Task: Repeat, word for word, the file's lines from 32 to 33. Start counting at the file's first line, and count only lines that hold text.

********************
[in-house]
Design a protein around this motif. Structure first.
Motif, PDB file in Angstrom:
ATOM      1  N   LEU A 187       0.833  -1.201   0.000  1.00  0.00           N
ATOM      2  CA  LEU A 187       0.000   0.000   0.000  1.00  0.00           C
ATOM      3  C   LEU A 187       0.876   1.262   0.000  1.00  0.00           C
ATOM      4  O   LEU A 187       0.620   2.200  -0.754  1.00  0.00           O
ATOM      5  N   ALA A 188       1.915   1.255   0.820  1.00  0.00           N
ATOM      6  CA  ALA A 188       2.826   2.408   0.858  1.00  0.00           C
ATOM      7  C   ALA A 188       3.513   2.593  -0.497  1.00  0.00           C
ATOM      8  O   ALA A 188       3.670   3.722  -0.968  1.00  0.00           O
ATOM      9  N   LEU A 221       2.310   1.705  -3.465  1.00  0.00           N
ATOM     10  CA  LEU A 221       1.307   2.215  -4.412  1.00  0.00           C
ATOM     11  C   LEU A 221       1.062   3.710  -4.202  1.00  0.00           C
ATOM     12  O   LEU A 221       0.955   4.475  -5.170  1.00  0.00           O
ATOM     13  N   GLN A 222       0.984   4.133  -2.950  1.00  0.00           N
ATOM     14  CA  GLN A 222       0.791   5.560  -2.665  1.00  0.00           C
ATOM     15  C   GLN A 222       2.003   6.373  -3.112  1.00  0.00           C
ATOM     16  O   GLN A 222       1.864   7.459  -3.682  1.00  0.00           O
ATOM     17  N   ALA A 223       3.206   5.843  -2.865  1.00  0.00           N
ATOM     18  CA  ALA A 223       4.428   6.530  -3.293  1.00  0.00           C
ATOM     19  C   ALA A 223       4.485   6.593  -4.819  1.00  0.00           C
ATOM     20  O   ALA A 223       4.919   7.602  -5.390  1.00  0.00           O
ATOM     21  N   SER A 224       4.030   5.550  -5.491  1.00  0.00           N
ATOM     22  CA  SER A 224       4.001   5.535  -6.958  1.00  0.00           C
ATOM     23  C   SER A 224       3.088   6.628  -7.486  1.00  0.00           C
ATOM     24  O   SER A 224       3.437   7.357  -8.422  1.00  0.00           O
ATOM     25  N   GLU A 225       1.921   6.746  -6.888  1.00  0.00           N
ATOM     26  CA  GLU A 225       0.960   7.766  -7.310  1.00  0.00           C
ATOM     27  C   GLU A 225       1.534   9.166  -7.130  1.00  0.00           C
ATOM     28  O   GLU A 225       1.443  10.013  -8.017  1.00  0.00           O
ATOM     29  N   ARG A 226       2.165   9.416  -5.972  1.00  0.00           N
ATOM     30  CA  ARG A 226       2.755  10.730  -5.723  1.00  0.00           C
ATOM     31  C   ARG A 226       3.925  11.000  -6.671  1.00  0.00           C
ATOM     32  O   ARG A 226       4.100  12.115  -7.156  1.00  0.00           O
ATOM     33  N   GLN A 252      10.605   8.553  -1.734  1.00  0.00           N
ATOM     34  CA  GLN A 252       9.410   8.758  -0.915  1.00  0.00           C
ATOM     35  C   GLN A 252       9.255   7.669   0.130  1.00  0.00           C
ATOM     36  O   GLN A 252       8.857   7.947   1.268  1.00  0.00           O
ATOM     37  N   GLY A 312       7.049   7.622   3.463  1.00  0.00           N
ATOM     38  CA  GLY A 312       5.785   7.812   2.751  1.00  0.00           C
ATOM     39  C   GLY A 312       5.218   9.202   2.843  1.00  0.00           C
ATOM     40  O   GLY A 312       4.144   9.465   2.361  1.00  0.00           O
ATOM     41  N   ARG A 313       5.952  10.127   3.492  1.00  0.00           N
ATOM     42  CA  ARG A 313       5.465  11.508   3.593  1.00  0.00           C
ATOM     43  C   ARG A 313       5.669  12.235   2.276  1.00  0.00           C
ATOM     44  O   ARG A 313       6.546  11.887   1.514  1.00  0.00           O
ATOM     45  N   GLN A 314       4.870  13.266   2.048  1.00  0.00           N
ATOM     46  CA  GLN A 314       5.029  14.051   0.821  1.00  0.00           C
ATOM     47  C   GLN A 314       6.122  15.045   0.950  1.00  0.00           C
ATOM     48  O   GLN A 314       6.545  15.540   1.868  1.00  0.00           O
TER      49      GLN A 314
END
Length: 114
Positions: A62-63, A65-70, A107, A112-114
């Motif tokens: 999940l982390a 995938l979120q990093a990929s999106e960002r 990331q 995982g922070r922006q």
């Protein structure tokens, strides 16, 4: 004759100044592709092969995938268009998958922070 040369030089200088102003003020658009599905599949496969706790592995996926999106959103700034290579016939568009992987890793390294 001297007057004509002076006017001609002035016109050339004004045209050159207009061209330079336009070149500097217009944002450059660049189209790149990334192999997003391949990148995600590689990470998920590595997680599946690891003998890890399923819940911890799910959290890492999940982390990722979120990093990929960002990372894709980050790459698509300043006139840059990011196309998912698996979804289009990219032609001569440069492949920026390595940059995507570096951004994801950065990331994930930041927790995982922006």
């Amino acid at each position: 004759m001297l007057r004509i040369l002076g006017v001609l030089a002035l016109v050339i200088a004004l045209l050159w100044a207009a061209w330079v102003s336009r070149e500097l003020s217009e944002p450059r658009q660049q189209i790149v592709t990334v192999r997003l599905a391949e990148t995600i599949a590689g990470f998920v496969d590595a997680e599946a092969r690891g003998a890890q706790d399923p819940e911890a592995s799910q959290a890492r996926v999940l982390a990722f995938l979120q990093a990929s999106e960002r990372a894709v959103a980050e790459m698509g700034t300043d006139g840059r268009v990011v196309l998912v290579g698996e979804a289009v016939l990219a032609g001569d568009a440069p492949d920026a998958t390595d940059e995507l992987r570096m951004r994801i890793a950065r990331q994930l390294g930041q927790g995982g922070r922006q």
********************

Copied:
ATOM     29  N   ARG A 226       2.165   9.416  -5.972  1.00  0.00           N
ATOM     30  CA  ARG A 226       2.755  10.730  -5.723  1.00  0.00           C